For the 5th and 6th sessions I booked male models – Peter and Rob, and advertised as such. I don’t know if it was coincidence, but numbers for both classes were the lowest, in fact we had to cancel the last session as no students showed up. It could have been other reasons, but perhaps in future I won’t let on who is modelling.
Peter’s class was small but I at least really enjoyed listening to him. I’ve known him the longest as he booked me for my first ever life modelling gig back in 2007 and we’ve become friends. I find I am ever learning new things about the models with these interview-style events. What a privilege. He spoke of learning to draw concurrently to becoming a model, and how drawing all different models gave him an appreciation of how beautiful the human body is. Also how life modelling is often a fact that is shared carefully with other sections of one’s life, in his case to avoid embarressing his daughters for example.
On the streets and outdoor spaces of Croydon I handed flyers to and chatted with a good cross-section of the public, from builders with teenage children, newly arrived migrants such as teenage refugees from Eritrea, Sudan and Ethiopia; dope smoking teens and young people in the park who “totally” got my message and one even did art… gatherings of parents, West Indian Fathers and youth workers in the Wandle Park, East European cafe workers… anyone who’d stop on the pedestrianised shopping high street. I even did a dance on a platform because I was getting achy and tired with being ignored. It went in phases… I took a little sound system and a few sketch pads for next level engagement! Street life drawing. I tried, but I don’t think any of that helped to grow the classes. It helped me to connect with Croydon and spread the word.
Not all the participants of the Croydon classes came from the area; some had been driven from further away in Dulwich and Surrey for example. More affluent areas methinks. The middle classes get life drawing, they know what it is and why it’s important. It’s part of their culture and going to exhibitions. For some Mums on the street, the idea of a nude model was too shocking and something their kids weren’t ready for. Fortunately at least as many adults understood why real unairbrushed, unmodified models would be beneficial.
At The Barbican we began with Marinella explaining the rules to the class as that I think comes best from the model. As well as explaining why she didn’t want to be photographed, she addressed their possible awkwardness and shyness to approach this new kind of drawing. She reassured them and invited them to take their time and relax with the experience. I encouraged them not to worry about their drawings, after all I am no drawing tutor. We took turns speaking, and covered several topics from our own body acceptance, to the male gaze and how Lee inspires us. Poses with intense subjects made me feel that in between them we would break up the rhythm with dynamic, loosening up exercises to remind the students about drawing style again, and allow us to step back.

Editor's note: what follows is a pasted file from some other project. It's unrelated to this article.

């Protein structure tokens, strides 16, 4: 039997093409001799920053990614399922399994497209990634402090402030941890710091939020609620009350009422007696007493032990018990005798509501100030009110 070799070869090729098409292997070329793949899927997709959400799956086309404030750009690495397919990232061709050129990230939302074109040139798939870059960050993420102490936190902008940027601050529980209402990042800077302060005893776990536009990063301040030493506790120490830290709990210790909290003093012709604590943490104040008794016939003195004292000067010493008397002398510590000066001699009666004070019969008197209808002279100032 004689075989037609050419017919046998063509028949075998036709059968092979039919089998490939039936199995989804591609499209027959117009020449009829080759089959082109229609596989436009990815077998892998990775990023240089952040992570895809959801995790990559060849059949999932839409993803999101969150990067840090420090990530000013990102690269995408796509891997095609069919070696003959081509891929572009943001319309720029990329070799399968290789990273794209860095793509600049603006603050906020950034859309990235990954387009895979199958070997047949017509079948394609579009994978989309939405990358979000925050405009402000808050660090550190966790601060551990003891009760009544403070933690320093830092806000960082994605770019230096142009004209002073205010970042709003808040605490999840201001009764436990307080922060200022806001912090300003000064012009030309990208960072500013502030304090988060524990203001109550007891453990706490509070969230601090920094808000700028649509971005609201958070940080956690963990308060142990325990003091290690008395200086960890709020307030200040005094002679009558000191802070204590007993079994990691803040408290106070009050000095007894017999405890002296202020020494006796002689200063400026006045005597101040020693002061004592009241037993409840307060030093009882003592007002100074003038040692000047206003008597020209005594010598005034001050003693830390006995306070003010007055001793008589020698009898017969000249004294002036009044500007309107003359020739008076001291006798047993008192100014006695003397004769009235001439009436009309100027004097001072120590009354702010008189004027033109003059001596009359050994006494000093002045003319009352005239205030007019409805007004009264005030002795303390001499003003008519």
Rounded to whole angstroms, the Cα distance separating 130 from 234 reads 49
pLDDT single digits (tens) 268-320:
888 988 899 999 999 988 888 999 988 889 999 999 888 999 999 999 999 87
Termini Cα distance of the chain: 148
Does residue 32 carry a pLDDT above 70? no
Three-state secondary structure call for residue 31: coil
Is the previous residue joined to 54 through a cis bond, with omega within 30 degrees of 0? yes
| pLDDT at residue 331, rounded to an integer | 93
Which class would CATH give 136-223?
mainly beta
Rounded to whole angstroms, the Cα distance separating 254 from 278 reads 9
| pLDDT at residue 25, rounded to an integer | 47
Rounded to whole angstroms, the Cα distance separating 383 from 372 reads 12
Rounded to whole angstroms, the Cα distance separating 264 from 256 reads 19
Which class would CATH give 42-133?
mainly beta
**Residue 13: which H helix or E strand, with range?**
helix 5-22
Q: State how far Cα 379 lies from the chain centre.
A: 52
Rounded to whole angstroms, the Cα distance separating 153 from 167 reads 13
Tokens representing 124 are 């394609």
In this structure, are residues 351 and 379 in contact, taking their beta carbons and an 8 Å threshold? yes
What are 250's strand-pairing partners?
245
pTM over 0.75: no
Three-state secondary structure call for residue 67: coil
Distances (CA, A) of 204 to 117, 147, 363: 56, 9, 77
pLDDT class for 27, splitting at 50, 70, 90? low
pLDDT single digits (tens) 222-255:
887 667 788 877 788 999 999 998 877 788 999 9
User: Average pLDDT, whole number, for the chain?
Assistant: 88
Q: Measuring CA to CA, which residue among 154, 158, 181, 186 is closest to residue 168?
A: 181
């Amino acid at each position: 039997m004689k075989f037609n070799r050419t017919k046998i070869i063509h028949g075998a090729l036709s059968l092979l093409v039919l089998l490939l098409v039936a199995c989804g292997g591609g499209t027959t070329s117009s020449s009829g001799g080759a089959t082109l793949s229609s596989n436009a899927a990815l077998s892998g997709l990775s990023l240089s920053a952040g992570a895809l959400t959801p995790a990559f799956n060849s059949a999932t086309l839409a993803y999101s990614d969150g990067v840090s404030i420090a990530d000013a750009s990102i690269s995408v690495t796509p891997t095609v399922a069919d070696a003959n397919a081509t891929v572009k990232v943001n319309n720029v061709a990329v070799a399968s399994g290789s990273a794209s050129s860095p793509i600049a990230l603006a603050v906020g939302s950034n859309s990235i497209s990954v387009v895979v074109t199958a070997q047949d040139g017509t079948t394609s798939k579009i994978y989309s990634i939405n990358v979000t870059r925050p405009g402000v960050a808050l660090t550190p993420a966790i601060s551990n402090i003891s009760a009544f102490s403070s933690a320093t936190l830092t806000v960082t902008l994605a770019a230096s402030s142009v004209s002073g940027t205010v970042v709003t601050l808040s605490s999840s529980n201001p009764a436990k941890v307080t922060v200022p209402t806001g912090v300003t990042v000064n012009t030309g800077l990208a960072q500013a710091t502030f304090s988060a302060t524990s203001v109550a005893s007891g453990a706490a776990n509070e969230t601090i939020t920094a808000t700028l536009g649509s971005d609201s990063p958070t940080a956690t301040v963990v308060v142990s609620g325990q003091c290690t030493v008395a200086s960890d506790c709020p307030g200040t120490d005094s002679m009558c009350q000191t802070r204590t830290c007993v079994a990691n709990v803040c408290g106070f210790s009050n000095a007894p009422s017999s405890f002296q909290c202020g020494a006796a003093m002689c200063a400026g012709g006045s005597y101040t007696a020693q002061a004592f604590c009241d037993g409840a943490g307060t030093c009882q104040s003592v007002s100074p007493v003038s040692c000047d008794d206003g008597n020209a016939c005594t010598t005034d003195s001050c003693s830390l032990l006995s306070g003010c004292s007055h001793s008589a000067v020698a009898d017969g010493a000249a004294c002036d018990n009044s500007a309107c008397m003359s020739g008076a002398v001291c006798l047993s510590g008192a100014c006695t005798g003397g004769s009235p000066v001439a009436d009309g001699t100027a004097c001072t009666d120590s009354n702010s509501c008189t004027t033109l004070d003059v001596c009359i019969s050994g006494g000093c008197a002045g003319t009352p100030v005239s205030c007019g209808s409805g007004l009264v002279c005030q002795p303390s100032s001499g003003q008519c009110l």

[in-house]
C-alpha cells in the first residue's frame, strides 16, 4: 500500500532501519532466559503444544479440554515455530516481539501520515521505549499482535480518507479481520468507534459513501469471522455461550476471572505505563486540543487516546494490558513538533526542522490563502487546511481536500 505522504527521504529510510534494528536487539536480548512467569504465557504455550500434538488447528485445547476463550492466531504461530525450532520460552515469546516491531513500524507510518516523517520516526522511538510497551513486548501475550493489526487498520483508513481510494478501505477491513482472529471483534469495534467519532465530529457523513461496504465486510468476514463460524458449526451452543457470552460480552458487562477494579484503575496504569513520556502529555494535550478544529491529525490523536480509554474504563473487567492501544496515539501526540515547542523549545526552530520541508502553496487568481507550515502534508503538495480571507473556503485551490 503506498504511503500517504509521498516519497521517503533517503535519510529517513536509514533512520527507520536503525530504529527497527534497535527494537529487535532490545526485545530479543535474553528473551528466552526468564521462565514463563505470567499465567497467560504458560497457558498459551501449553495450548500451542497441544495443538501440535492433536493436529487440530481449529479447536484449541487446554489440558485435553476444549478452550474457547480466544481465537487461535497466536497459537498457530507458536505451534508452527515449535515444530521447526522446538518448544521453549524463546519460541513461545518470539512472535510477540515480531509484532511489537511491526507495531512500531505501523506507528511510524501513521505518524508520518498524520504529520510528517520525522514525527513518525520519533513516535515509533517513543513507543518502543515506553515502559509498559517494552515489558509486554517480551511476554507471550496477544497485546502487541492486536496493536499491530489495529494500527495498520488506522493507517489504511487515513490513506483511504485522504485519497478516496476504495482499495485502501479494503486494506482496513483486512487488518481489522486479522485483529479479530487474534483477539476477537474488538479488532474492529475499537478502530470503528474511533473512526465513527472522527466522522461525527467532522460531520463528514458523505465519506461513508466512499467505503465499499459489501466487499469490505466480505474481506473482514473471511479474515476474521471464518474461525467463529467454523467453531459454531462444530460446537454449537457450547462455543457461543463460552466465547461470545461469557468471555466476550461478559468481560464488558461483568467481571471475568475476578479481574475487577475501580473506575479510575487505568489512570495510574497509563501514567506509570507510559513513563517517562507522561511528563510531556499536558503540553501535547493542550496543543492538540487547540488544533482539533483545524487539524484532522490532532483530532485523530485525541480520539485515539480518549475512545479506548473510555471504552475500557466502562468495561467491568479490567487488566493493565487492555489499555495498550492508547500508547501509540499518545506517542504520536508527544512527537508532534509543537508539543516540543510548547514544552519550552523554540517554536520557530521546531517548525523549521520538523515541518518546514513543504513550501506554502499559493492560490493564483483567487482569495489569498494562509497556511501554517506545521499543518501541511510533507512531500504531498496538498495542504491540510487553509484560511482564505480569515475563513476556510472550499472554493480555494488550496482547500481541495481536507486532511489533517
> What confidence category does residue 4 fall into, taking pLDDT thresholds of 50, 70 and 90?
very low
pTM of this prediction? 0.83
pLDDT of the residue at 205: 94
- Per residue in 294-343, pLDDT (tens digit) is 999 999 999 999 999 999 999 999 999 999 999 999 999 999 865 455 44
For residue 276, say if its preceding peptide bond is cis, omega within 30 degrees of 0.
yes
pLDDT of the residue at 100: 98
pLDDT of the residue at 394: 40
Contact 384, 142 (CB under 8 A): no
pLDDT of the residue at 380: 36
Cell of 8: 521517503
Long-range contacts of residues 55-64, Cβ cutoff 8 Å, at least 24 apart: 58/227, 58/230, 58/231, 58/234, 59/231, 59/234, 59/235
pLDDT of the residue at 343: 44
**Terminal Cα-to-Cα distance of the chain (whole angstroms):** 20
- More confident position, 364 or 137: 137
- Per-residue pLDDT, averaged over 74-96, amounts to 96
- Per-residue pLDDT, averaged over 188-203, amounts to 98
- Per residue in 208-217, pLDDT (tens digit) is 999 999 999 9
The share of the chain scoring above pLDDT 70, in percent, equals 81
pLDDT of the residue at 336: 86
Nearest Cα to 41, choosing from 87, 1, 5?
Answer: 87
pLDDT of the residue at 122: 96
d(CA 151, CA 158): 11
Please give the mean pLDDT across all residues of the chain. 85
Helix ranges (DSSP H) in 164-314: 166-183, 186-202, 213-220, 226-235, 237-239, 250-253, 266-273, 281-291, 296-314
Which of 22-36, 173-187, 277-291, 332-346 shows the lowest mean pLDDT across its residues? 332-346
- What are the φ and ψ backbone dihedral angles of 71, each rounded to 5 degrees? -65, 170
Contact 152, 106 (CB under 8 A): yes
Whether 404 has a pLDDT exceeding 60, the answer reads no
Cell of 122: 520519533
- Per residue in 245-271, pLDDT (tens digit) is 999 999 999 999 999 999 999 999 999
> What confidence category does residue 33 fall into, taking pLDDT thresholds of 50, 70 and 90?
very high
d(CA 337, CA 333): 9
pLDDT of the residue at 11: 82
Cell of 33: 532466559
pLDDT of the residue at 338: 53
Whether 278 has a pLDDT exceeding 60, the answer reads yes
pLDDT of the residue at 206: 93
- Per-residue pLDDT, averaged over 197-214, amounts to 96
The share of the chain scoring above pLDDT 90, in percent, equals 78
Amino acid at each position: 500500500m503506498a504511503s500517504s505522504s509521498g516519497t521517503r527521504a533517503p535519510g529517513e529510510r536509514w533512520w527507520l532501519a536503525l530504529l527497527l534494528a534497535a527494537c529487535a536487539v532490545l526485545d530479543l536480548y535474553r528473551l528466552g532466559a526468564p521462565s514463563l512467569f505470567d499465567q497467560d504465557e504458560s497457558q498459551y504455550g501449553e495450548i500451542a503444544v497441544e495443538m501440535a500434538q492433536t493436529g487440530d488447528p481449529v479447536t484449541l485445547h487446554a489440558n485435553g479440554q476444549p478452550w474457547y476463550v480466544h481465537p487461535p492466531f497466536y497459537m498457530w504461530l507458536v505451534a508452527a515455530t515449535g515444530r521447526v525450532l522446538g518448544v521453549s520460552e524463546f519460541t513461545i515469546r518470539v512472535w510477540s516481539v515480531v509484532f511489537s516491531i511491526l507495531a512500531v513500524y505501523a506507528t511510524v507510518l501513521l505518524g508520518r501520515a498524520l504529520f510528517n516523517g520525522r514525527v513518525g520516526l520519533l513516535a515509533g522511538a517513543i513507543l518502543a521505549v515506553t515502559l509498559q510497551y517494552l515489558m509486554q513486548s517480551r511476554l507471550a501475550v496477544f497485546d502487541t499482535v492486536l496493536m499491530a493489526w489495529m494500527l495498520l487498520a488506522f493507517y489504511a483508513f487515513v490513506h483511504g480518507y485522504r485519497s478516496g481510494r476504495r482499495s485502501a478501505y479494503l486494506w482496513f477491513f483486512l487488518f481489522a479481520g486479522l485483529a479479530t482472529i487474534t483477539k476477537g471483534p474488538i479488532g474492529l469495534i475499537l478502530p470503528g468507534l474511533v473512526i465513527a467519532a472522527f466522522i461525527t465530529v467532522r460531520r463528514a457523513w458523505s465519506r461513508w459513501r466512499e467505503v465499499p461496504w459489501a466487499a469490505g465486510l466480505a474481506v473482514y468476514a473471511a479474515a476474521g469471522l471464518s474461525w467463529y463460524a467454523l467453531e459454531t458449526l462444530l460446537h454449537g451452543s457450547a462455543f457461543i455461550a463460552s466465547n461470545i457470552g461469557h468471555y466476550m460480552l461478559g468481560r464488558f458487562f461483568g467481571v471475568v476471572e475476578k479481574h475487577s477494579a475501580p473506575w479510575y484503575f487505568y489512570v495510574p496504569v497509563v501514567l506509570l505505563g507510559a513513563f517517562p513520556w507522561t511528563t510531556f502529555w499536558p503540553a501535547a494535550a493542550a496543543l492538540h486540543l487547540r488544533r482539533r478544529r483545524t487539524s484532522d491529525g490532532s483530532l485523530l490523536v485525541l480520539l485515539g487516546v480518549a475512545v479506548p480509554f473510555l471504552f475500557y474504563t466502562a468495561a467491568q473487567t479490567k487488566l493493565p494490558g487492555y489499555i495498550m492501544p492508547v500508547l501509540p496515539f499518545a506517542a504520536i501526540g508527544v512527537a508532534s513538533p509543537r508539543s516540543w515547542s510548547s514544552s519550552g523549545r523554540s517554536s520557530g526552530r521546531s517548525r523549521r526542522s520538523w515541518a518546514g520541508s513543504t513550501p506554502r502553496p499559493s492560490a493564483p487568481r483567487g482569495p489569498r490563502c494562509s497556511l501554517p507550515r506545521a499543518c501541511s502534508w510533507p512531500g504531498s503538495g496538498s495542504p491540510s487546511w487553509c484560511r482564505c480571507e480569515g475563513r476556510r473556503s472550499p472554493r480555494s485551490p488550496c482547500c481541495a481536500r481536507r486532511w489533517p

For the class with Lily we followed a similar formula but I reigned in some of the subject matter on realising how young the children were. Aged 11 – 14, most were at the younger end of the spectrum. I’d been asked to describe how Lee inspires me and I connect with her work… yet what I’d prepared felt too adult. Outliving domestic violence and alcoholism didn’t feel like being part of the mood we wanted to create! This group wanted to perform – they were gearing up for some cutting edge art shows at the end of the week, after dipping into various exciting offerings. Having explained some of the finer details of how being nude for artists (even though Lily was dressed), or drawing other models had helped us, we got them to try doing some poses.
They tentatively took us up, building confidence until one child proclaimed that he could easily hold a pose for 20 minutes. I suggested we try 10, and that turned out to be a struggle! They experimented with power and fear postures, duo and character poses admirably.
Saying goodbye to my Summer in Croydon felt sad on the day of the final session. I sat on a traffic island thoroughfare reminiscing into my diary whilst a man threw up next to me… oh Croydon! How I enjoyed performing my walk, watching your gazes, winking at awestruck toddlers and old folks, people who occupy benches all day long. Sharing the pitch with charity muggers, bible bashers, anti-knife crime campaigners, buskers, balloon sellers and english languange teachers… you were my home from home, my office, my stage and my playground for a few days this Summer. All those connections, fly-posted leaflets, refugee encounters (Croydon is the home of the Home Office), men who got too interested, and impromptu outdoor life drawing moments. I enjoyed meeting this place and people, open to all possibilities being potential. Where to go with this? We will see.